Plaintiffs’ Expert Report Finds Statistical Disparities in Voter ID Availability for Minorities in Wisconsin

Among the key findings (according to an email on the case) in the expert report [updated link] of Matt Barreto and Gabriel Sanchez in Frank v. Walker, the ACLU’s federal challenge to voter id in Wisconsin:

1.      Eligible Latino and African-American voters in Milwaukee County, Wisconsin disproportionately lack a form of photo ID they can use to vote under Act 23.  14.9 percent of eligible Latino voters and 13.2 percent of eligible African-American voters lack an accepted form of photo ID, compared to only 7.3 percent of eligible white voters.

2.      Eligible African-American and Latino voters are, respectively, 182 percent and 206 percent more likely to lack accepted photo ID than their white counterparts.

3.      The race disparities hold for the subgroup of registered voters.  While 6.0 percent of registered white voters do not possess an accepted photo ID they can use to vote, 15.3 percent of registered African-American voters and 11.3 percent of registered Latino voters do not possess the same. That is a nearly 10 percentage point disparity between registered white and registered African-American voters in Milwaukee County.

4.      Eligible Latino voters are statistically more likely to lack any documentary proof of citizenship, when compared to eligible white voters, and are therefore less likely to be able to obtain an original Wisconsin state ID card or driver’s license they can use to vote.  18.9 percent of eligible Latino voters lack documentary proof of citizenship, compared to 11.2 percent of eligible white voters.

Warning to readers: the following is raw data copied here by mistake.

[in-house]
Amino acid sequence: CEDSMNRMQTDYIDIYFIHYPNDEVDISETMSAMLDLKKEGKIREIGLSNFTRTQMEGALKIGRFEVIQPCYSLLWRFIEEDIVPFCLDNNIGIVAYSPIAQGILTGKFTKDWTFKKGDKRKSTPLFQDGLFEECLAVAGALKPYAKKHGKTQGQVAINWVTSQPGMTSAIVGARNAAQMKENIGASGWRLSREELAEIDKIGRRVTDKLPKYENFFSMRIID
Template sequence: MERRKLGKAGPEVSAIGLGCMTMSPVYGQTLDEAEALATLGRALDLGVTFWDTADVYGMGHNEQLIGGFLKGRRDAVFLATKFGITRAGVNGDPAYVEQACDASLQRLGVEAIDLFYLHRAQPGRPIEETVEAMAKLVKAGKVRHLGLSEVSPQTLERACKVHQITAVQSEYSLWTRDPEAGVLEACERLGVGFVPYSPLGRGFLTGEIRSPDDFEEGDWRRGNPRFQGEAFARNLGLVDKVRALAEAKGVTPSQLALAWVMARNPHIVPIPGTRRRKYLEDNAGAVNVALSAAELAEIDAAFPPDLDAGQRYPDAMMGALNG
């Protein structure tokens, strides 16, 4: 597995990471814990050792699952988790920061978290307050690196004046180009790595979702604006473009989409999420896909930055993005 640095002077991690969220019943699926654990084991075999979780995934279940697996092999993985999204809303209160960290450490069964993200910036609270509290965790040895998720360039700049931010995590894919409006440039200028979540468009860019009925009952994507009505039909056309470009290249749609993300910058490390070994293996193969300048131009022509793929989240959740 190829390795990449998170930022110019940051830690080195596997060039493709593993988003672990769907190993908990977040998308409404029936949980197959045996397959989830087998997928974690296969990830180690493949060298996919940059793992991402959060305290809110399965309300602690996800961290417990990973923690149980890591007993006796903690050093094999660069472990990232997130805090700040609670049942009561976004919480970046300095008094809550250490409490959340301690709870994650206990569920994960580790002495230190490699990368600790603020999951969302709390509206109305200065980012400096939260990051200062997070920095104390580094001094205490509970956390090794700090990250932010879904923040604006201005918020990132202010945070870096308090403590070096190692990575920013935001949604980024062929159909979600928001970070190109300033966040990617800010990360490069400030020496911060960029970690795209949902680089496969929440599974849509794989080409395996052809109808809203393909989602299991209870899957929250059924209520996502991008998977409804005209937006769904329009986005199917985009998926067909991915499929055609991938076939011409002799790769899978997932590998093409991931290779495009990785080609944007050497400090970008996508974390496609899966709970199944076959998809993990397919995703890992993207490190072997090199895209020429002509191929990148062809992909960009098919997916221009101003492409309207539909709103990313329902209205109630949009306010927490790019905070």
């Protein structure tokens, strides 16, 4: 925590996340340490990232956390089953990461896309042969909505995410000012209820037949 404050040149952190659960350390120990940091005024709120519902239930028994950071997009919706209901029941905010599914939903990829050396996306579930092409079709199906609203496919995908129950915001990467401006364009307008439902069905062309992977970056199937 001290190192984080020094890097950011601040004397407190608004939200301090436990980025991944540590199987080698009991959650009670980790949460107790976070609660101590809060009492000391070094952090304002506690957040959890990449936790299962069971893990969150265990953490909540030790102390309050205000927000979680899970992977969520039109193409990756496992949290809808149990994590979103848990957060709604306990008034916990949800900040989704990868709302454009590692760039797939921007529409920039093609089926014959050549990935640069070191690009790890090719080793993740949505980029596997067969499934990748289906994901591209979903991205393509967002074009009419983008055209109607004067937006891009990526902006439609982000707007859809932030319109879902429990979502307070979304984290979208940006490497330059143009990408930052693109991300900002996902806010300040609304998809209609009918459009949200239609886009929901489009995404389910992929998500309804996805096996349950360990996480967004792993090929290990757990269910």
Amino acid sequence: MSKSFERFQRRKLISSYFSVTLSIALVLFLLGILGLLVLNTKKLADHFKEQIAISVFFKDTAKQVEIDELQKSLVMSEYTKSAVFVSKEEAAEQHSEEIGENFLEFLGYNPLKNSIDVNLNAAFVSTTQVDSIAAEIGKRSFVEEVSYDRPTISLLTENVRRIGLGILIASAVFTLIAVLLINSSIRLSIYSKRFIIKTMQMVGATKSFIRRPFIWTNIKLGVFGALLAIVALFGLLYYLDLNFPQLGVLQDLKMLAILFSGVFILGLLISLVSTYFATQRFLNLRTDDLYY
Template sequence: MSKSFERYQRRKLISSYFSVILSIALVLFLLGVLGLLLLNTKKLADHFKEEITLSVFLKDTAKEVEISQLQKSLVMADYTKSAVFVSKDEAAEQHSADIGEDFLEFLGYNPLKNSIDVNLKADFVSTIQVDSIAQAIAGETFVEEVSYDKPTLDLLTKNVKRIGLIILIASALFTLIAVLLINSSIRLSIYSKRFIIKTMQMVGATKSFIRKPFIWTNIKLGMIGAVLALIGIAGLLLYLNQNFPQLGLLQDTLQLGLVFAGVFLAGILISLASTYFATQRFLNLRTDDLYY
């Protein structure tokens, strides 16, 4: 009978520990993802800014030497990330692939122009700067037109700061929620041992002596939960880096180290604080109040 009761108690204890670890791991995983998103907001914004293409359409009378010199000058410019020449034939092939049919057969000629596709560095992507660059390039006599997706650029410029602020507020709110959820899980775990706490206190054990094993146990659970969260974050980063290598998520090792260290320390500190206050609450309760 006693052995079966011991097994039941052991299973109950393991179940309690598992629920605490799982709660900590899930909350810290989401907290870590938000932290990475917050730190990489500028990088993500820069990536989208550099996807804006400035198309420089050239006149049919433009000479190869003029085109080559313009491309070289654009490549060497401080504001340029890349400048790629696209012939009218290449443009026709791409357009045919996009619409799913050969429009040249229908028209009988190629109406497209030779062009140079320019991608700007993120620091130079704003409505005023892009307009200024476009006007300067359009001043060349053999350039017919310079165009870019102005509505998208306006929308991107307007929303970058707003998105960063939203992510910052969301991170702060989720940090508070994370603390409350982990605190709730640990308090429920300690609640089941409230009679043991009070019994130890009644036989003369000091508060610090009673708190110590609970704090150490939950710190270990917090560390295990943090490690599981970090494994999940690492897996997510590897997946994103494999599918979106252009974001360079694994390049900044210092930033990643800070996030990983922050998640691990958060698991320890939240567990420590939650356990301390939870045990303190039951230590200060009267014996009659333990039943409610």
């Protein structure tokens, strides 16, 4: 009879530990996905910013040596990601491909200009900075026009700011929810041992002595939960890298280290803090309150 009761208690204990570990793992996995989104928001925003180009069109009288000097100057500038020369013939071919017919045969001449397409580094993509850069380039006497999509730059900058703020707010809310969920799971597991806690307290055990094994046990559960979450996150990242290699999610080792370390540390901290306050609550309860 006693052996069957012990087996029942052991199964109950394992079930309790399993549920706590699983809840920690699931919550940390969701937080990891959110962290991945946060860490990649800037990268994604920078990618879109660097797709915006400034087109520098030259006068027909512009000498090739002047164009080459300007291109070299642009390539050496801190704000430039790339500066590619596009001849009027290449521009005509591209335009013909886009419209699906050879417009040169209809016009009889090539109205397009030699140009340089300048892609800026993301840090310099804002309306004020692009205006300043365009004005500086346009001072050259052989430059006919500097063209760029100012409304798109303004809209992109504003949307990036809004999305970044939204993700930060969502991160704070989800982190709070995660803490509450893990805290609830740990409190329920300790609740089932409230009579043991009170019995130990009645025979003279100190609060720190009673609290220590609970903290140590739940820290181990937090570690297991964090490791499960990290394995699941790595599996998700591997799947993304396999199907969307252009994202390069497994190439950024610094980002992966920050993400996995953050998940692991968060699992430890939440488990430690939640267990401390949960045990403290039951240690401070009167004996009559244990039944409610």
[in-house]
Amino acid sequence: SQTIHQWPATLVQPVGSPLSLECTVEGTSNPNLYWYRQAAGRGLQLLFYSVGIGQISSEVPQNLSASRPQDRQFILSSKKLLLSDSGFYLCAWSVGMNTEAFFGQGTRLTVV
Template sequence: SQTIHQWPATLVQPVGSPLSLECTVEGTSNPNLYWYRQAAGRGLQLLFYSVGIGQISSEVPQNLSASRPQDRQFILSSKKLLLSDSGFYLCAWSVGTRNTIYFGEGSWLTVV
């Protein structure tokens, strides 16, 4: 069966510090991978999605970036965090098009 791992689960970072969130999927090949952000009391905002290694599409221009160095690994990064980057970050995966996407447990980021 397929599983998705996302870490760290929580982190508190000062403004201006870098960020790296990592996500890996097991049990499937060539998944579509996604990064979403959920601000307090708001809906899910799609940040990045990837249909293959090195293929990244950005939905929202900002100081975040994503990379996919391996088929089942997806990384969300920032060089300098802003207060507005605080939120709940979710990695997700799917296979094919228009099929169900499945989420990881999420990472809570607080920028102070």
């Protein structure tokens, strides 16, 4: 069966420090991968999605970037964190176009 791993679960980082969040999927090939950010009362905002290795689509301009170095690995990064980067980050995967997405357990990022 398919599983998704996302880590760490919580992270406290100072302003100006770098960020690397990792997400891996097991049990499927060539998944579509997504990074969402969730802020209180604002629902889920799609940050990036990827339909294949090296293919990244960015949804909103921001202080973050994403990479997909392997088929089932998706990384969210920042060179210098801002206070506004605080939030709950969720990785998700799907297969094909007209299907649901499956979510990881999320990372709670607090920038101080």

5.      Finally, as compared to eligible white voters, eligible African-American and Latino voters are statistically less likely to both lack an accepted photo ID and lack the underlying documents needed to obtain an original Wisconsin state ID card or driver’s license. Overall, 2.4 percent of eligible white voters lack both an accepted photo ID and the underlying documents needed to obtain a Wisconsin state ID card or driver’s license, compared to 4.5 percent of eligible African-American voters and 5.9 percent of eligible Latino voters.

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